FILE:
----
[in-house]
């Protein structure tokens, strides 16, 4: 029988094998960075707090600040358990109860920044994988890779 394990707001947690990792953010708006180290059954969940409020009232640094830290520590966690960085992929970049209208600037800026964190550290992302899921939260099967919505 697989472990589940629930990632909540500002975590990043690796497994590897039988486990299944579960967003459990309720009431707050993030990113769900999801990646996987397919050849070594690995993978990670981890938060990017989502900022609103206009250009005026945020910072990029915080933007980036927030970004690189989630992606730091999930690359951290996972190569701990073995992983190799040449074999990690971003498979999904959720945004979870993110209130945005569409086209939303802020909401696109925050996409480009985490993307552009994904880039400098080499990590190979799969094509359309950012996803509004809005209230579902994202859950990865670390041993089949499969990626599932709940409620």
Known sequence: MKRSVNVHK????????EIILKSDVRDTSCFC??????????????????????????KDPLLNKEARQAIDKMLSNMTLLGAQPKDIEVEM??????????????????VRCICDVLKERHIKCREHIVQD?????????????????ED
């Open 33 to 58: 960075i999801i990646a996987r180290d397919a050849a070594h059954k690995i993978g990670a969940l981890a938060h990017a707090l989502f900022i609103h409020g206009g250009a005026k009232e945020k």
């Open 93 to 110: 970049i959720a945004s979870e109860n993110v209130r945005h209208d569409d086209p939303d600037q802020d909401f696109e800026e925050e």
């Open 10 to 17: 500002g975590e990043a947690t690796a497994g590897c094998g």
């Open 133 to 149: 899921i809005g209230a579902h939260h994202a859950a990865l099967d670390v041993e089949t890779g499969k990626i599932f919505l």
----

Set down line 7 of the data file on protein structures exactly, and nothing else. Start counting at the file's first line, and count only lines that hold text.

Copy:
């Open 133 to 149: 899921i809005g209230a579902h939260h994202a859950a990865l099967d670390v041993e089949t890779g499969k990626i599932f919505l």